The swan is linked to the God Apollo who is the God of music. A “swan song” is a beautiful song swan is said to sing before she dies. She is a totem for poets and singers alike. The goddess Saraswati rode a swan down a tributary of the Ganges playing her lute while holding a rosary and book. She’s known as the goddess of music, song and poetry as well as spiritual purity. It is easy to see how swans have become a symbol of romanticism, love and devotion, but there is much more to this iconic bird.
Swans and Divinity
In many cultures, Gods are known to turn into swans. The Hindu God Brahma turned to a swan to take of the challenge of flying up to find the end of the lingam of the God Shiva. He couldn’t find the top end and Vishnu couldn’t find the bottom. Both learned that they end and begin in each other.
Wohpe, otherwise known as White Buffalo Calf woman, came to earth in the form of a swan to deliver instruction on how to pray. Zeus came down and seduced Leda, wife of the king of Sparta, in the form of a swan. Their children were Castor and Pollux who make up the twins in the constellation of Gemini.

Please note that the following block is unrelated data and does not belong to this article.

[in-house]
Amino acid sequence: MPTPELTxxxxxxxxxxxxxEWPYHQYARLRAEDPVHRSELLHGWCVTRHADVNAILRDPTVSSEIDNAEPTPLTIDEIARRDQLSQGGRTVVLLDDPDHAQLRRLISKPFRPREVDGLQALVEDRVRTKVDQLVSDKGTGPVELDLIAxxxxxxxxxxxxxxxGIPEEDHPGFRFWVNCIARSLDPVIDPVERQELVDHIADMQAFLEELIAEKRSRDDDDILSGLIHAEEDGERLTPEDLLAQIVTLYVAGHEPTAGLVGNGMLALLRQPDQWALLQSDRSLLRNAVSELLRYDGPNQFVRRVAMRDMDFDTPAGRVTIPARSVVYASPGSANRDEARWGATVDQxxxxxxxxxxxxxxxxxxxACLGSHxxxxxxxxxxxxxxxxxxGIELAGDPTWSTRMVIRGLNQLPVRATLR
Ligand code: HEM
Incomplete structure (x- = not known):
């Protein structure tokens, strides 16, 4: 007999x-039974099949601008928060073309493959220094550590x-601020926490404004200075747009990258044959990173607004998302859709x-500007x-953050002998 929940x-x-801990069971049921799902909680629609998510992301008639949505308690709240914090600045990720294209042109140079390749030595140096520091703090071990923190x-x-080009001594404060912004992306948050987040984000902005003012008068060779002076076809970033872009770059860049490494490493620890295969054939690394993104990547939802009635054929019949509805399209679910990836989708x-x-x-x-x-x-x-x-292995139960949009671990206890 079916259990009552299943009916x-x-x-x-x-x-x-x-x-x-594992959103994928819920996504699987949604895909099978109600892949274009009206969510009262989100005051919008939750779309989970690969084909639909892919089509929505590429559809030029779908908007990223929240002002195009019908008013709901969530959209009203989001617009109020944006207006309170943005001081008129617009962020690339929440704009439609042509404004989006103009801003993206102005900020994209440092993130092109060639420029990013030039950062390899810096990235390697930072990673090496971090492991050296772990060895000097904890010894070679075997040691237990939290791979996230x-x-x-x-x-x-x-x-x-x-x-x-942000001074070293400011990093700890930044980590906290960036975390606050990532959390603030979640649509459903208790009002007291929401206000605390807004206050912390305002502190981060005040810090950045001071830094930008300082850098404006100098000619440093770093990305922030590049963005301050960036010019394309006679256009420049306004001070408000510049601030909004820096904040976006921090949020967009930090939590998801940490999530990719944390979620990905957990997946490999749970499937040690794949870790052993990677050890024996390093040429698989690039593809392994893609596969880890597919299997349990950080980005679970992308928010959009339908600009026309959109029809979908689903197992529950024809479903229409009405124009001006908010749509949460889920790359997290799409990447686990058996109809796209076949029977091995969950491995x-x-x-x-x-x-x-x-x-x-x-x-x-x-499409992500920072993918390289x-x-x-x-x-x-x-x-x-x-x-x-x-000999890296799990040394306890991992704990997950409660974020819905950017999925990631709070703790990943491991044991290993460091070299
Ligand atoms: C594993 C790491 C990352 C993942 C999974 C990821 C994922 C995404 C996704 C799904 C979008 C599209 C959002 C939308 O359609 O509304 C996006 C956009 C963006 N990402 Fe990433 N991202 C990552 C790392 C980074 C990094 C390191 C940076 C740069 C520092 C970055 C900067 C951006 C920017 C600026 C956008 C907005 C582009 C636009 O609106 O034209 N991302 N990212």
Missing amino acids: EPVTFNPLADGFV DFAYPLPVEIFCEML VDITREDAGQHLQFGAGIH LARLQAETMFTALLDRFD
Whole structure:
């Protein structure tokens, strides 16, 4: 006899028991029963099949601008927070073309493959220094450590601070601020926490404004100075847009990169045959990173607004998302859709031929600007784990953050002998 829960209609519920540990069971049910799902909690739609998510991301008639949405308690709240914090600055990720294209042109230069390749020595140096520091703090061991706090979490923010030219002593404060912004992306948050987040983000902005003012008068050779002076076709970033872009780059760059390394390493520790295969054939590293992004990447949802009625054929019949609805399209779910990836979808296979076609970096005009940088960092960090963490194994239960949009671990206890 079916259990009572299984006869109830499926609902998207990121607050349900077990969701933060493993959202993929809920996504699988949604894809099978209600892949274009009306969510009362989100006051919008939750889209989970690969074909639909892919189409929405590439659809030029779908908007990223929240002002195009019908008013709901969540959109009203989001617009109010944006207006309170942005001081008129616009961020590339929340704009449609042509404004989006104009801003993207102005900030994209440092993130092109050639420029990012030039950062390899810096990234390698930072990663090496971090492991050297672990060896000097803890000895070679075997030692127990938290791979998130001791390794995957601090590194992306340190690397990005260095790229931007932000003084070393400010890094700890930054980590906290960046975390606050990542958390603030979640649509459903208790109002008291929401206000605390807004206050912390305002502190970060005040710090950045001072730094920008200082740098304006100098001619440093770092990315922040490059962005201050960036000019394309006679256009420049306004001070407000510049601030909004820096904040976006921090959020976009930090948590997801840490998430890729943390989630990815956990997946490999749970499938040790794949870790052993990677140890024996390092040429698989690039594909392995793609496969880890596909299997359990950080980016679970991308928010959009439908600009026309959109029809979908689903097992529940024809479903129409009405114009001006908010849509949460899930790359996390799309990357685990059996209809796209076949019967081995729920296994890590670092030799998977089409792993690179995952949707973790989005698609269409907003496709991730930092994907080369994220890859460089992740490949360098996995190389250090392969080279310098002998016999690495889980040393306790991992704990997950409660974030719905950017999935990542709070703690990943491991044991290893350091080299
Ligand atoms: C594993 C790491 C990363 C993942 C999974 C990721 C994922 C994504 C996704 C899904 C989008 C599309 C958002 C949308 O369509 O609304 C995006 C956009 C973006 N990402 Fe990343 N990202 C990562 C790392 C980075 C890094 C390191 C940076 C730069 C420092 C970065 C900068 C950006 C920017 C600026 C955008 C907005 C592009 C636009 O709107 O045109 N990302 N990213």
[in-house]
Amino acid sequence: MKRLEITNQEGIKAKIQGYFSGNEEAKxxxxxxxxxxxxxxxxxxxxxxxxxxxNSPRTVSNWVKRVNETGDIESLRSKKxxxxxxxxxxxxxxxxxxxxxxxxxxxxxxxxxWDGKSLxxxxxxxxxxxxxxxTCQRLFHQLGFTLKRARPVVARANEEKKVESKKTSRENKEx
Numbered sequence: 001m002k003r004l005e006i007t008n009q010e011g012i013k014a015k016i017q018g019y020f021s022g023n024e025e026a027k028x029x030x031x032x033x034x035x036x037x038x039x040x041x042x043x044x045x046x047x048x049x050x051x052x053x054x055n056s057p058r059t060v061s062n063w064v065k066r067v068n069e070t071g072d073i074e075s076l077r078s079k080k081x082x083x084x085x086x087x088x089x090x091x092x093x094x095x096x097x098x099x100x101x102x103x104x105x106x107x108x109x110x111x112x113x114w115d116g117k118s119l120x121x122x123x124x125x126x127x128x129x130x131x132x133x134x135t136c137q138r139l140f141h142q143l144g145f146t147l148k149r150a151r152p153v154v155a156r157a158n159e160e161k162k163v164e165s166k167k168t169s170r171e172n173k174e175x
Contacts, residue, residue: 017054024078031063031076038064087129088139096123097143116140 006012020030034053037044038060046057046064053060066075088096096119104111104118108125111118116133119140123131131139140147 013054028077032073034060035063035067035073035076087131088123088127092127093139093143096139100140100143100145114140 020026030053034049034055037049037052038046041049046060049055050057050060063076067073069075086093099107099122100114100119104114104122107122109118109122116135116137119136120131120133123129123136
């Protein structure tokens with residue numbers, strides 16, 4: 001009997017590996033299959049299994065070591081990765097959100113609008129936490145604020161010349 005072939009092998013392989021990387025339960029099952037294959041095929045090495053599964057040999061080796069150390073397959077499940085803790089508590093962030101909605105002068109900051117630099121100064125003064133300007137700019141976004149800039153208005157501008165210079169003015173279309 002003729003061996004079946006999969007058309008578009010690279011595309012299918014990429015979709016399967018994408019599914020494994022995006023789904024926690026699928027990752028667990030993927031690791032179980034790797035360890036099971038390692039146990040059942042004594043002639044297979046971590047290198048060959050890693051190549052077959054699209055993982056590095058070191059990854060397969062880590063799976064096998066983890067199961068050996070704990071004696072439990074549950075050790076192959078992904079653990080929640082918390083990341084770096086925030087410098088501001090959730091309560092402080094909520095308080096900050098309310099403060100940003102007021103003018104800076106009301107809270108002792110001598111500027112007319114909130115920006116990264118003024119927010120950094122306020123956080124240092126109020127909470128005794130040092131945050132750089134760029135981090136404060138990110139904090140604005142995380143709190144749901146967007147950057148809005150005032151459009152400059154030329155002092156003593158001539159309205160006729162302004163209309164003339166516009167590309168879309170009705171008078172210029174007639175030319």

If a swan spirit animal has flown into your life, now is a good time to look for forms of the Divine disguised as gorgeous messengers.
Forgetting the Sacred
There is a lake nestled in the Himalayan mountain range called Lake Manasarovar that sits at the base of the sacred Mount Kailish. In this lake is said to live a beautiful white swan that eats lotus fruit and nectar and who is visited by the Gods that come to bathe there. There are legends of the swan leaving the lake for various reasons. Some say she is cold and others say she is curious. She flies over the peaks to the plains and comes to land in muddy waters. Some say she finds it unsavory and returns home; others say she forgets the way back. In this way she is like man. She has come from the sacred, pure and without fault, but she falls into fault and in her muddiness she forgets her perfect nature.